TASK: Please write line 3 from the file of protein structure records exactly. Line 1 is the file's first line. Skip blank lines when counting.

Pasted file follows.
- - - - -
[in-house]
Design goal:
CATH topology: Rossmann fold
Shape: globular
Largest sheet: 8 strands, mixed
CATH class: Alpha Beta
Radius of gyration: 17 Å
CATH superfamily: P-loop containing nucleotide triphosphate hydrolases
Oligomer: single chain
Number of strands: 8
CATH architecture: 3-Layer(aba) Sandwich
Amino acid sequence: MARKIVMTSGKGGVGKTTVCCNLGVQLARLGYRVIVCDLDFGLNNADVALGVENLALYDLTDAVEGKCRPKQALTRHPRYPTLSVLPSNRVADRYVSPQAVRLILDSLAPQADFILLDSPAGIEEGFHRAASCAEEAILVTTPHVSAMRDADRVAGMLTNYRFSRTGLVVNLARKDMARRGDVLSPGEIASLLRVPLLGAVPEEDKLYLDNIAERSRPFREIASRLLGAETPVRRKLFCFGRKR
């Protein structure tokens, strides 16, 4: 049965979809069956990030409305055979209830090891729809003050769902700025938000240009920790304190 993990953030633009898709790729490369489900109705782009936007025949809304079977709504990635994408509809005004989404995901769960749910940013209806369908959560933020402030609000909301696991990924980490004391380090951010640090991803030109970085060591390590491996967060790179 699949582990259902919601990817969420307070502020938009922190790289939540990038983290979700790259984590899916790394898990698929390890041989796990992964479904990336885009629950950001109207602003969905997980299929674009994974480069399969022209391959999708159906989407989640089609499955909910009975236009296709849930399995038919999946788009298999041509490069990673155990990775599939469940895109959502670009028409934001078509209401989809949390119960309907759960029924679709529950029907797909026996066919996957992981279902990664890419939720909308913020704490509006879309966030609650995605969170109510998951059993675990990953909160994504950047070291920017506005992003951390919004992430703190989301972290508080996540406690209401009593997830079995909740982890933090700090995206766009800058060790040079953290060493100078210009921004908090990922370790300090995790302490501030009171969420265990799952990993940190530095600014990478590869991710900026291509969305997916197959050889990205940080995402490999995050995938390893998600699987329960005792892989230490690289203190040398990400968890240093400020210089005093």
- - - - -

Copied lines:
CATH topology: Rossmann fold